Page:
But some people do have the right to take it personally, especially the one I consider as my life partner, my ‘soulmate’. To hesitate when I think there might be risks unforeseen by the person demanding my trust could mean I don’t trust her judgment. I do trust her intentions; maybe just not her judgment. And in a way, that could mean I don’t trust her at all.

This may be a hard reality for me. But if it’s any consolation, I never totally trust anyone’s judgment – not even my own. I just tolerate and try to manage the calculated risks.

And so to the person who said that I don’t really trust her but merely tolerate her, let me say it this way: I trust you to the point that I can sleep soundly with you by my side with a loaded gun in your hand. Now there’s a risk that you’d have a nightmare of being attacked and so you’d shoot the ‘attacker’ – me, or out of simple clumsiness you’d accidentally fire the gun pointed in my direction. But while the magnitude of the risk is too high, the probability is very much lower than you leaving because you think I don’t trust you. Besides, the magnitude of the risk of losing you isn’t too far from the magnitude of the other risk involving a loaded gun in your hand. inner minds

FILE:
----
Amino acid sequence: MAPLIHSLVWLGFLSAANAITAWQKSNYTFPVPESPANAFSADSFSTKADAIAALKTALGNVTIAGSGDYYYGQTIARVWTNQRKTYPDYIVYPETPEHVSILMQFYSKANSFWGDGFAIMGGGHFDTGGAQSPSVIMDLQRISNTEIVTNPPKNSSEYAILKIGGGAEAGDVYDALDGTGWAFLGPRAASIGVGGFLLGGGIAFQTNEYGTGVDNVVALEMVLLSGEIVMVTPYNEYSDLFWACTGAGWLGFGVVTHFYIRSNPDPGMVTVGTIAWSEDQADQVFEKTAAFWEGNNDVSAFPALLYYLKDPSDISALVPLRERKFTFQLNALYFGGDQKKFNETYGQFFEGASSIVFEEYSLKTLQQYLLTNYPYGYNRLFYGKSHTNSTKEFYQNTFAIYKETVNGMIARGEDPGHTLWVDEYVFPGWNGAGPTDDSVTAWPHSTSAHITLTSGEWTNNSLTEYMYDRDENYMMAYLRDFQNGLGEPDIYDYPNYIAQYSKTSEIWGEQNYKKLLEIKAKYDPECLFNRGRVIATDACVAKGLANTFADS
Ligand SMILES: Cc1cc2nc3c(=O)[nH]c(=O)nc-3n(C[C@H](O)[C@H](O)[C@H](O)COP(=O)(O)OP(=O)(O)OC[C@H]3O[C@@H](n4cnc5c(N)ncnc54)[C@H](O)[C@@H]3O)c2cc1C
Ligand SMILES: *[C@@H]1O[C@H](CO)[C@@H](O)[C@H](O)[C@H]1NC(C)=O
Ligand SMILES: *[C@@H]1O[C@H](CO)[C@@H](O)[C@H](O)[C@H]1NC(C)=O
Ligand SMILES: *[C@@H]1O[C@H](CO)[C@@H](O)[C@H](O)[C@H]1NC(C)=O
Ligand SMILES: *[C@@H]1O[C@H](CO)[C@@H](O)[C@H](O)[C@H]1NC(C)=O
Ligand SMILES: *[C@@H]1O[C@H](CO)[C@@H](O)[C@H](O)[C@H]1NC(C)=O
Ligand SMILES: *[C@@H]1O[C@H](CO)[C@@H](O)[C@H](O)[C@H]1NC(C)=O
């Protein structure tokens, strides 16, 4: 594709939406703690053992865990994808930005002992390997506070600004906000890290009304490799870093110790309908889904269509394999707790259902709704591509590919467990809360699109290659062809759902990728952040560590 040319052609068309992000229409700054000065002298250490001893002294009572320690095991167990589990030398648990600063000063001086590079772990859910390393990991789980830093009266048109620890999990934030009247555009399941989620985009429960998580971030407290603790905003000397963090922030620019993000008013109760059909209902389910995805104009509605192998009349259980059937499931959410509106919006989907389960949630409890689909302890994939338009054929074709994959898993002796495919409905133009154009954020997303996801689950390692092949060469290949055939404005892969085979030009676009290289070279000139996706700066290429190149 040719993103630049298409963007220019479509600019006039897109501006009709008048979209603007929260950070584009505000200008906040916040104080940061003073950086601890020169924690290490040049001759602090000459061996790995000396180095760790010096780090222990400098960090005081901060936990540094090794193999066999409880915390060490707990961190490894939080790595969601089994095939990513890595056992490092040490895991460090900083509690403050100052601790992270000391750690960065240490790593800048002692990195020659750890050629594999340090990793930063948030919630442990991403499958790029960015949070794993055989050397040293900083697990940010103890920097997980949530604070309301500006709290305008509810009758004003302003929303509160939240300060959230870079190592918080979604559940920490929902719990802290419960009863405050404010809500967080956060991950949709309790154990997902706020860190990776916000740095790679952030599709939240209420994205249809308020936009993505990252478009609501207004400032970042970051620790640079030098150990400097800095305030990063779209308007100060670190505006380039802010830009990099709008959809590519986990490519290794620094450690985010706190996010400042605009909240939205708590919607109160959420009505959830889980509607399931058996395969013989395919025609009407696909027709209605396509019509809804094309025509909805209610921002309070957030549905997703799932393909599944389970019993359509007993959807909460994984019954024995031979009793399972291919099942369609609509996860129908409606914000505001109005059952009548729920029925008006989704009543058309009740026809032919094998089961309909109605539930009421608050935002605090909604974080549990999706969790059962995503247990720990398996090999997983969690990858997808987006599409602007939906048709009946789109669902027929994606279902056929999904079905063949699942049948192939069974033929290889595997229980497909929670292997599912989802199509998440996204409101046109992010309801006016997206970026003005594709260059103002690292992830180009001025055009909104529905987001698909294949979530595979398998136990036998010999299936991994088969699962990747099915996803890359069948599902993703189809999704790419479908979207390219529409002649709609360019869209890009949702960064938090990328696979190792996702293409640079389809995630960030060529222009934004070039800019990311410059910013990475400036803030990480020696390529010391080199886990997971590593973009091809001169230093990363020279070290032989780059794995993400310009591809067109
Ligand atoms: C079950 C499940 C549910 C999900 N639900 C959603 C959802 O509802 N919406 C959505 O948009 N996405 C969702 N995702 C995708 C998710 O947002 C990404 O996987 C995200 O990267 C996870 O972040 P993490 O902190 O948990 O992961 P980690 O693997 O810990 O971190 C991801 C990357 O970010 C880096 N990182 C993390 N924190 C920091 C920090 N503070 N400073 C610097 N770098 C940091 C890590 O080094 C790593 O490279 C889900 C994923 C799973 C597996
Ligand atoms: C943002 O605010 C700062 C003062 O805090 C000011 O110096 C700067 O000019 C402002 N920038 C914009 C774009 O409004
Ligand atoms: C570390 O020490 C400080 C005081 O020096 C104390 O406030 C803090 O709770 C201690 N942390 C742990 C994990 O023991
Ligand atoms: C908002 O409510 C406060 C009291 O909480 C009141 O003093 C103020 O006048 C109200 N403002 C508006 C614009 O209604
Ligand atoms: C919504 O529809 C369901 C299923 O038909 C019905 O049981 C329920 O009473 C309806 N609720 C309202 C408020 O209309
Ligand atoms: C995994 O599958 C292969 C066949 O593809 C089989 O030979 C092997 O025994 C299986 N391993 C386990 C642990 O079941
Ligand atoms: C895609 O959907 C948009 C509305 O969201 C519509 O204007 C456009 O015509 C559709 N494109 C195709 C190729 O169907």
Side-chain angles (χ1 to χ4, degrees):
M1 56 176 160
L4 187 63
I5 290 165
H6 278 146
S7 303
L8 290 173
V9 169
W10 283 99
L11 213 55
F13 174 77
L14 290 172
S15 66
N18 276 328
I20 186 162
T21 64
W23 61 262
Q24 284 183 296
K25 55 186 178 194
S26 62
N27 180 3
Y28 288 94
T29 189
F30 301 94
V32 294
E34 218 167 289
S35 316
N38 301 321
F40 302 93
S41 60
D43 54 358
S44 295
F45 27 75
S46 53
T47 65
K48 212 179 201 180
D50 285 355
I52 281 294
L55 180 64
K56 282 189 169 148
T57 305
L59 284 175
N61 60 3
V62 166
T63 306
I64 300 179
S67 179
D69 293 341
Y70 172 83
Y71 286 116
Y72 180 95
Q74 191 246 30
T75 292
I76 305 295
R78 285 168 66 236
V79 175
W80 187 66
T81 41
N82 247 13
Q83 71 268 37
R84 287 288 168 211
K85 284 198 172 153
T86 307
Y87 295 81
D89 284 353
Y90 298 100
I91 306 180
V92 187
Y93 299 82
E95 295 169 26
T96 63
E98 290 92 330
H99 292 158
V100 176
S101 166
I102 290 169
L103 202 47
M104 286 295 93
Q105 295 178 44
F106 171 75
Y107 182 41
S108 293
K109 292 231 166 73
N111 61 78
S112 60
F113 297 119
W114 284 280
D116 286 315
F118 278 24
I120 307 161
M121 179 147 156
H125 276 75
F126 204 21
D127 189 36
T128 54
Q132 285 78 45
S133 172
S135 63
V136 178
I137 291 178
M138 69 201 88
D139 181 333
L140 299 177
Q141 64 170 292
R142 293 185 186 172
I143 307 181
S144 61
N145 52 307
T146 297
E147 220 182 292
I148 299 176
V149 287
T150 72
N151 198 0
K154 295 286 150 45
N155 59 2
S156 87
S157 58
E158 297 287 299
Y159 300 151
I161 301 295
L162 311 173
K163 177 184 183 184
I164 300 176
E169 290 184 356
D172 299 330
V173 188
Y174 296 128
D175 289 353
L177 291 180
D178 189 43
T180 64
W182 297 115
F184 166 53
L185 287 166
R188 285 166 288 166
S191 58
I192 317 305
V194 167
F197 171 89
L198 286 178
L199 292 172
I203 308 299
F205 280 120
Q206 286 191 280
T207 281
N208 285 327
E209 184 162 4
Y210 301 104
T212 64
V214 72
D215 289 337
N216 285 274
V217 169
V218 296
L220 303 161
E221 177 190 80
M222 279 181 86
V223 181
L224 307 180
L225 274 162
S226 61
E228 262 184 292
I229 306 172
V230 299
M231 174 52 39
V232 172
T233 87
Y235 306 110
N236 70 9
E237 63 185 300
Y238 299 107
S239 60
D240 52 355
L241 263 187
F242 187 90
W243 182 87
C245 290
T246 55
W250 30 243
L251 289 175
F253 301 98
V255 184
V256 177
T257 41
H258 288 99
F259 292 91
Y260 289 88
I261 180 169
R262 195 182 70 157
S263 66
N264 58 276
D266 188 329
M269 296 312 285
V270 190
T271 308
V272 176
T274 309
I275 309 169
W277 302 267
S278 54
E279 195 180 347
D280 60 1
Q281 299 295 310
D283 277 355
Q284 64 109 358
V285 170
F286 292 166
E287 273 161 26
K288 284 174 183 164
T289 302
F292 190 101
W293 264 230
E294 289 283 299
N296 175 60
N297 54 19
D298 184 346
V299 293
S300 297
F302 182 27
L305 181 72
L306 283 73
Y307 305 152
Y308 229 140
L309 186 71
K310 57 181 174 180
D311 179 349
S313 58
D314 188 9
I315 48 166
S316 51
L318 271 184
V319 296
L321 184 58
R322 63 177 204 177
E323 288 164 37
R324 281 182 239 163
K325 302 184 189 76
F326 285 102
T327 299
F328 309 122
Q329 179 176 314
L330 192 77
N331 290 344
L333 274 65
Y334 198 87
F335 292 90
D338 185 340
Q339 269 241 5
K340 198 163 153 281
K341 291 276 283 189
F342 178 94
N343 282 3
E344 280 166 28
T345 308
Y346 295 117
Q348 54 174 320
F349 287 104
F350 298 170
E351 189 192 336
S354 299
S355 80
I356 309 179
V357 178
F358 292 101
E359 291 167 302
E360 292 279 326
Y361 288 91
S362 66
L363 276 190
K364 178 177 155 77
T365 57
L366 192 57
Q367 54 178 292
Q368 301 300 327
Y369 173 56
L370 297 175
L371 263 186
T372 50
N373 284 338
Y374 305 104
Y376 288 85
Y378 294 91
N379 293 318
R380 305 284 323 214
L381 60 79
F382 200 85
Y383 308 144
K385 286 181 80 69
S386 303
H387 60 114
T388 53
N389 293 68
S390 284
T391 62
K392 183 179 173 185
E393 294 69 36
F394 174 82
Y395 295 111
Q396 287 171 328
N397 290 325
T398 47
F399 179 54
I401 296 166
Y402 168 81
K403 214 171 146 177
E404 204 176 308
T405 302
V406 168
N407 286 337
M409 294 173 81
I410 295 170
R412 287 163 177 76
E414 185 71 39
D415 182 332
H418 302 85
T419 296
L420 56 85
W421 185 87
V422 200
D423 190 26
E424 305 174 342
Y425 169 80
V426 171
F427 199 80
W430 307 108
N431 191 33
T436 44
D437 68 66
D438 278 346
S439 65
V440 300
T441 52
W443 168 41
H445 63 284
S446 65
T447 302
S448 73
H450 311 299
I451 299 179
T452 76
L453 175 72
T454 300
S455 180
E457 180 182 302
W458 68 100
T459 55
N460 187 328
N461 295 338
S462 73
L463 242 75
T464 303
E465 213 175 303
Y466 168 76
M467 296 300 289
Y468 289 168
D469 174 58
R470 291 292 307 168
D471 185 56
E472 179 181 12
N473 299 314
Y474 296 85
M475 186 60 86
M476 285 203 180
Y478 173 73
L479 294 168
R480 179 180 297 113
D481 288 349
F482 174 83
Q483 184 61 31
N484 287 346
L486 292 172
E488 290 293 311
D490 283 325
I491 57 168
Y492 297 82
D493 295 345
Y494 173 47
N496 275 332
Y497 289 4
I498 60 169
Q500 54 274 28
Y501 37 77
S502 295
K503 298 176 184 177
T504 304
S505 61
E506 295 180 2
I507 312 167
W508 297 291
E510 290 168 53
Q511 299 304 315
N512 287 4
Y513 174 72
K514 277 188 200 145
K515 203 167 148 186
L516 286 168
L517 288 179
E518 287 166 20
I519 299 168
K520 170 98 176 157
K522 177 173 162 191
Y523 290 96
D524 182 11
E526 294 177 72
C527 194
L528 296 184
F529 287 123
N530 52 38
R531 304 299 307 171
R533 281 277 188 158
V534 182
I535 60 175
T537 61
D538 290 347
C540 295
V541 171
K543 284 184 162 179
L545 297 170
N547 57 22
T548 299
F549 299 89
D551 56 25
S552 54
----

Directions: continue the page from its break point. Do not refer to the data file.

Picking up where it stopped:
Cults Part Two: Why Even Smart People Fall Prey

In my previous article I posted in length Scott Peck’s characteristics of a cult which gave the word a broader meaning. Now let’s try to answer the question: Why do even smart people fall prey to the lies and manipulations of a charismatic cult leader?

Before we proceed, I must give the same warning I gave in Part I: